BB-8 and R2-D2 forever

Coraline’s new Star Wars shower curtain, bath mat, and towels.

Next up were hand towels. Again, so many websites had so many options, but we ended up choosing these BB-8 ones from Kohl’s.

We’re pretty happy with how the bathroom turned out. It’s still not completely done, though — it needs an updated vanity light, but that will have to wait a bit. I won’t get started on how much I want to take down the floor-to-ceiling tile walls and replace them with drywall someday.

Coraline and Sebastian’s newly Star Wars-decorated bathroom.

Even though I was happy with how the bathroom now looked, I still wanted a little something for the walls. I did a lot of Googling and found a Yoda graphic, which I printed on glossy photo paper and put in an empty IKEA Ribba frame i already had. We happened to have some Command strips in the house, too, which ended up working perfectly for hanging the frame on the tile wall. I also still might buy some cute Star Wars-themed bathroom prints on Etsy — there are so many neat ones to choose from.

Personal hygiene important it is

All told, it took us a few weeks, maybe between two and three months, to find and agree on everything we ended up buying for the kids’ bathroom. We spent less than $125 total by shopping on sale, taking advantage of free in-store pickups and free shipping, using coupons, and paying with store cards for an extra percentage off items purchased online or in-store.

And now you know how we piecemeal-decorated the kids’ bathroom. Gotta start small, right?

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I Screen, You Screen, We All Screen for Screen-Free Time

Screen-Free Song Lyric of the Day:

Hey / Put the cellphone down for a while / In the night there is something wild / Can you hear it breathing? / And hey / Put the laptop down for a while

Arcade Fire / “Deep Blue

A few months ago I instituted screen-free evenings at home. My goal was to spend focused quality time with my family without the distraction of screens. Also, having struggled with popcorn brain for some time now and working all day on a computer, detoxing from screens is something I feel I occasionally need to do.

I let Rich and Coraline know a few days in advance that I’d like for us to designate a particular evening as screen-free so they both have time to think about or plan what we can do on those nights. We usually end up playing board games (Cora’s getting quite good at Clue Junior) or enjoying family coloring time, or a mix of both. And now that Coraline is a big reader, we also enjoy time where we’re all just reading our respective books; this either requires Sebastian be in a good mood and playing with some toys or him going to bed early if he is, shall we say, not in an agreeable mood.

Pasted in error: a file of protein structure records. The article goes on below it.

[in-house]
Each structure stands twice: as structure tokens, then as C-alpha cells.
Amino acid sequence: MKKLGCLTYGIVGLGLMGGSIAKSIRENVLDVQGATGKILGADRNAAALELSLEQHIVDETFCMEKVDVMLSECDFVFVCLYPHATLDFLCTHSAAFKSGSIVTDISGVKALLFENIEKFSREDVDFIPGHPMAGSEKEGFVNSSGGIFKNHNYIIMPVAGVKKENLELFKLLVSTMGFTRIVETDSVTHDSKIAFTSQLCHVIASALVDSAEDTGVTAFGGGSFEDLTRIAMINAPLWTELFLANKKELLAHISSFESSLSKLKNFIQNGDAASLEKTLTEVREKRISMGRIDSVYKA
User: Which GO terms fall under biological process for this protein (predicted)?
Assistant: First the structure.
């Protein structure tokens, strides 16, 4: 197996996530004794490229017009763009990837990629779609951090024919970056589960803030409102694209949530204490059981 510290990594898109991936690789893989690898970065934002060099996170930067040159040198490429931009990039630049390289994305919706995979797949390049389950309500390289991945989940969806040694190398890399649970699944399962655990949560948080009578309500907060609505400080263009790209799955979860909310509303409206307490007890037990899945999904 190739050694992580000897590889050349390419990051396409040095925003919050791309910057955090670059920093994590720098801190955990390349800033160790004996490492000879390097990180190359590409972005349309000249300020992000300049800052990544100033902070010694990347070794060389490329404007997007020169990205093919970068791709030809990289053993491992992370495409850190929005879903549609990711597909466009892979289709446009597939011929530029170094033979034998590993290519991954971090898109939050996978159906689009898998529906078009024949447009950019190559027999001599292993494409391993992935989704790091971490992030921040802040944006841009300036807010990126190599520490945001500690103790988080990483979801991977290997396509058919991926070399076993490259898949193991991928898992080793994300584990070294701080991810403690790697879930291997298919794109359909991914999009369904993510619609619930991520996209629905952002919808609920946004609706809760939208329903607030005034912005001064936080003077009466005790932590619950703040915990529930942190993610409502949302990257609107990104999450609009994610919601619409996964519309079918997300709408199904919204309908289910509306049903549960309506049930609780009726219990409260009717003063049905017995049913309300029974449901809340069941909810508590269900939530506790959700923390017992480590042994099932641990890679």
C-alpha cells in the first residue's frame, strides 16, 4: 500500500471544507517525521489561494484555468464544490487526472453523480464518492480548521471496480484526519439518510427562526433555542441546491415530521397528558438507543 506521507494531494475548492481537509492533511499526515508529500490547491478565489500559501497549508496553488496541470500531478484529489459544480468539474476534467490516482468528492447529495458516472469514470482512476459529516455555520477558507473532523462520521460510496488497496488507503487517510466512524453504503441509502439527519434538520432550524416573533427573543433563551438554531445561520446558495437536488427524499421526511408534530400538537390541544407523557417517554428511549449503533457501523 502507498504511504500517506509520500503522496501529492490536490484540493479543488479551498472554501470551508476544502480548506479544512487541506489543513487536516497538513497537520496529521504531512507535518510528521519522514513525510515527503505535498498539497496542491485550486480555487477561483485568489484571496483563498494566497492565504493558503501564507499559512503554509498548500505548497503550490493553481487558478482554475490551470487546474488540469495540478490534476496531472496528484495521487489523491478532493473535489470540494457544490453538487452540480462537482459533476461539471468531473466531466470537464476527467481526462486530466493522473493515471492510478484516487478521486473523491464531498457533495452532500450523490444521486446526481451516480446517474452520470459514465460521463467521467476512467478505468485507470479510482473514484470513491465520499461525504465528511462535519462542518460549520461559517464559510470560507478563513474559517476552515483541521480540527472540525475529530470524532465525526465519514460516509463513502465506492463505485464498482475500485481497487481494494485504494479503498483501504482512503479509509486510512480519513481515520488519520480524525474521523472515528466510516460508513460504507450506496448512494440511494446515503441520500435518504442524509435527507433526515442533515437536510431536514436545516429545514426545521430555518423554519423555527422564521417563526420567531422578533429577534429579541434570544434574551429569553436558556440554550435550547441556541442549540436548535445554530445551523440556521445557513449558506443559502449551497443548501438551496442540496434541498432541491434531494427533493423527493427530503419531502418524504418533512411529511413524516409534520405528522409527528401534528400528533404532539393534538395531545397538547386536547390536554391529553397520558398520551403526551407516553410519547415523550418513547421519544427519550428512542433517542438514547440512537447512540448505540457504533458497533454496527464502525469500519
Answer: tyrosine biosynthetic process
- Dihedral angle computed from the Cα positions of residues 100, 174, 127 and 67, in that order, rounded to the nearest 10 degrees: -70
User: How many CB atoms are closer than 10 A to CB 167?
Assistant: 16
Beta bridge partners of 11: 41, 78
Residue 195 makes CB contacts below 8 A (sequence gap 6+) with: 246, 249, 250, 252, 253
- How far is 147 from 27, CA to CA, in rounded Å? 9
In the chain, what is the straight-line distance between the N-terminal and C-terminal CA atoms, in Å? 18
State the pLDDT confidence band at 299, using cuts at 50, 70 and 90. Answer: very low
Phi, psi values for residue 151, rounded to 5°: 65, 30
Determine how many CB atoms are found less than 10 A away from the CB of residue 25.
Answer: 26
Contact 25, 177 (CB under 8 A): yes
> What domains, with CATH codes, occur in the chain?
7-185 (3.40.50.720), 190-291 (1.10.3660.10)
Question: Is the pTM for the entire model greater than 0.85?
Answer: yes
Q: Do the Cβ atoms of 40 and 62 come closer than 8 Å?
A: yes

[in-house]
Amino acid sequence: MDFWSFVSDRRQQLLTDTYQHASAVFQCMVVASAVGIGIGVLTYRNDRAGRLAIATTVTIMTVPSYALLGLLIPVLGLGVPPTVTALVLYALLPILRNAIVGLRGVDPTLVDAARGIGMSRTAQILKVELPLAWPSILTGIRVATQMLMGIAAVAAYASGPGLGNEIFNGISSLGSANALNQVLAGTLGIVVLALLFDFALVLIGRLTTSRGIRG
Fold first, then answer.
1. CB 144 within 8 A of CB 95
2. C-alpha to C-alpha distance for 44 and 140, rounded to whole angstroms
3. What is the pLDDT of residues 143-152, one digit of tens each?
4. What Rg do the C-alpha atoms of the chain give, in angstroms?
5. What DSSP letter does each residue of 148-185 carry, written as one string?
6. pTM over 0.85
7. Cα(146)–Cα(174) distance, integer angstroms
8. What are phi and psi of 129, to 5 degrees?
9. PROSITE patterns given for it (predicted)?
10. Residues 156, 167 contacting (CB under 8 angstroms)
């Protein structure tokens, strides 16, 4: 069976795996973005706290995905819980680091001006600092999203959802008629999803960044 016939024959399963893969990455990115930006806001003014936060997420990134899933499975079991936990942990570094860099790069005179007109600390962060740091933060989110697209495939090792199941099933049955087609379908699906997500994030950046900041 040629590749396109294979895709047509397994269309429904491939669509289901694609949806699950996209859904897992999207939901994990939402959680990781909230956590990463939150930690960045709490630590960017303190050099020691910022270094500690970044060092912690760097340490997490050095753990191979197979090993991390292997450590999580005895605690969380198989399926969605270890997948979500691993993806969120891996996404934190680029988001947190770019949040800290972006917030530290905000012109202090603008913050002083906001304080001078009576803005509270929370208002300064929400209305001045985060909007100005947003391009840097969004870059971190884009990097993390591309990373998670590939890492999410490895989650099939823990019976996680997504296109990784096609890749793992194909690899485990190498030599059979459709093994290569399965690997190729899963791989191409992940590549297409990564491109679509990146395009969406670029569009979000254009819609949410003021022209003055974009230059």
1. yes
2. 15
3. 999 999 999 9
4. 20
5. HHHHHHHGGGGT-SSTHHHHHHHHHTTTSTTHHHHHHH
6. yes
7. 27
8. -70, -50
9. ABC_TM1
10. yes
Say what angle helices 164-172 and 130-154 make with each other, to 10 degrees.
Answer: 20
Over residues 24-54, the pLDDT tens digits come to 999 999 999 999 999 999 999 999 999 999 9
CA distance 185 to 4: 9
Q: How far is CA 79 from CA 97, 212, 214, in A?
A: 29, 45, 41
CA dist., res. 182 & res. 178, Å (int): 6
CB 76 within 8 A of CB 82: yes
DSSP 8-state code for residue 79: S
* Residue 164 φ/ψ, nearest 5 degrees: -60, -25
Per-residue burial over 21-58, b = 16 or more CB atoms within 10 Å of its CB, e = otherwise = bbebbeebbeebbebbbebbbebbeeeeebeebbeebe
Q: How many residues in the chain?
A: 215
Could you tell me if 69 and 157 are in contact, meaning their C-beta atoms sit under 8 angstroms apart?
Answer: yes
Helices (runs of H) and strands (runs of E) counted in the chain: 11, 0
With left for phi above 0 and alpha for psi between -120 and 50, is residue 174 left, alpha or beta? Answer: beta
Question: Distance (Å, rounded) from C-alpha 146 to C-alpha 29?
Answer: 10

On screen-free nights, we also try to be as device-free as possible. Which means no music streaming from Alexa or even the CD player. Quiet time means quiet time. As Rich and I both always have our phones on us (bad, I know), we silence them and leave them in a room we are not going to be hanging out in. The thing I miss most about not having my phone on screen-free evenings is not being able to immediately Google things that come up in our discussions. It’s not like we have a set of encyclopedias sitting around, waiting to be cracked open. Also, it turns out I rely on Google A LOT.

Our pets also benefit from screen-free evenings. Troubadour and Capone are always game for a neighborhood walk, while Buster has his choice of laps if we’re all sitting around reading. It’s a win-win for all of us.

When we first started having screen-free nights, I think we were all a bit hesitant to dive in. As I mentioned, Rich and I are pretty attached to our phones (so bad). And Cora and I like to watch a bit of Psych together (we’re almost done with season five), so that’s out on screen-free nights. Sebastian is not screen-addicted yet, but he’s definitely very screen-interested. It’s an active battle with him to keep him away from screens as we’re still trying to limit his exposure. We’re not doing as good a job as we did with Cora at the same age, but we do try. Although sometimes to buy myself a few minutes of relative peace, I’ll pull up the PBS Kids app on the Roku and put on Sesame Street. Sebastian LOVES it (“Street!”) and I feel a bit less guilty for letting him watch a few minutes of TV because it’s educational. Educational TV makes it OK, right?

I’d like to make screen-free time at least a weekly thing for us. Now that school has started again, that’ll help us get into a routine again, so we can designate a certain day as screen free. It’s validating to know Coraline likes it — she actually asks if we can have a screen-free evening or if we can designate a few hours on the weekend. So at least I’m doing one thing right. Right?